Consumer heterogeneity evolving from social group dynamics. Latent class analyses of German footwear consumption 1980-1991
AbstractBoundedly rational consumers rely on their social environment as a source of information. Drawing upon psychological theories about social comparison processes, we hypothesize that social reference groups underlie market segments. New reference groups can emerge from social comparison processes, leading to the establishment of new submarkets and the evolution of aggregate consumer heterogeneity. These propositions are tested with series of cross-sectional surveys on footwear consumption of German men between 1980 and 1991. Using latent class models, we describe the emergence of the submarket for athletic shoes as a function of the appearance and establishment of a new social consumer group.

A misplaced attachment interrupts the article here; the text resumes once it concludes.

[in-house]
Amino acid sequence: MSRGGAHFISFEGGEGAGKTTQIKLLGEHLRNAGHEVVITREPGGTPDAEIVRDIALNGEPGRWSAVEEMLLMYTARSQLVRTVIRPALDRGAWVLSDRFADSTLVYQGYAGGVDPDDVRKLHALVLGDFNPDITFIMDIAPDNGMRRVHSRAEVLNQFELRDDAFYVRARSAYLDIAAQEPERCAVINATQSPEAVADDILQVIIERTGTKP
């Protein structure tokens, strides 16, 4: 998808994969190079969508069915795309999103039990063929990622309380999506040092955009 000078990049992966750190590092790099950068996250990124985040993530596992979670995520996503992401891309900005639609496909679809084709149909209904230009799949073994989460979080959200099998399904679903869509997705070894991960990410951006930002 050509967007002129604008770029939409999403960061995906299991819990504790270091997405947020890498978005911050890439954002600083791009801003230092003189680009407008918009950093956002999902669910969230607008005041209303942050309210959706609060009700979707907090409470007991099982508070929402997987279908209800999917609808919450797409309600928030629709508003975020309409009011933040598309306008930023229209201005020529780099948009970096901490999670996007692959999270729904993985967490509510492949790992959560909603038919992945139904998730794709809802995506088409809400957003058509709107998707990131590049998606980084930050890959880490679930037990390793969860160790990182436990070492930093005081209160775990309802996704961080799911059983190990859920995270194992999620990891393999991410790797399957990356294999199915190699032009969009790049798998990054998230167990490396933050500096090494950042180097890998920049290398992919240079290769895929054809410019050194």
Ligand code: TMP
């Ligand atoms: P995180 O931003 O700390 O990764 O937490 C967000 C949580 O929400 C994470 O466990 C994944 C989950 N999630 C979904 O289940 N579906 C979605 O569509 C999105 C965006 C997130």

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Bibliographic InfoPaper provided by Max Planck Institute of Economics, Evolutionary Economics Group in its series Papers on Economics and Evolution with number 2006-04.
Length: 35 pages
Date of creation: May 2006
Date of revision:
Other versions of this item:
- Baudisch, Alexander Frenzel, 2007. "Consumer heterogeneity evolving from social group dynamics: Latent class analyses of German footwear consumption 1980-1991," Journal of Business Research, Elsevier, vol. 60(8), pages 836-847, August.
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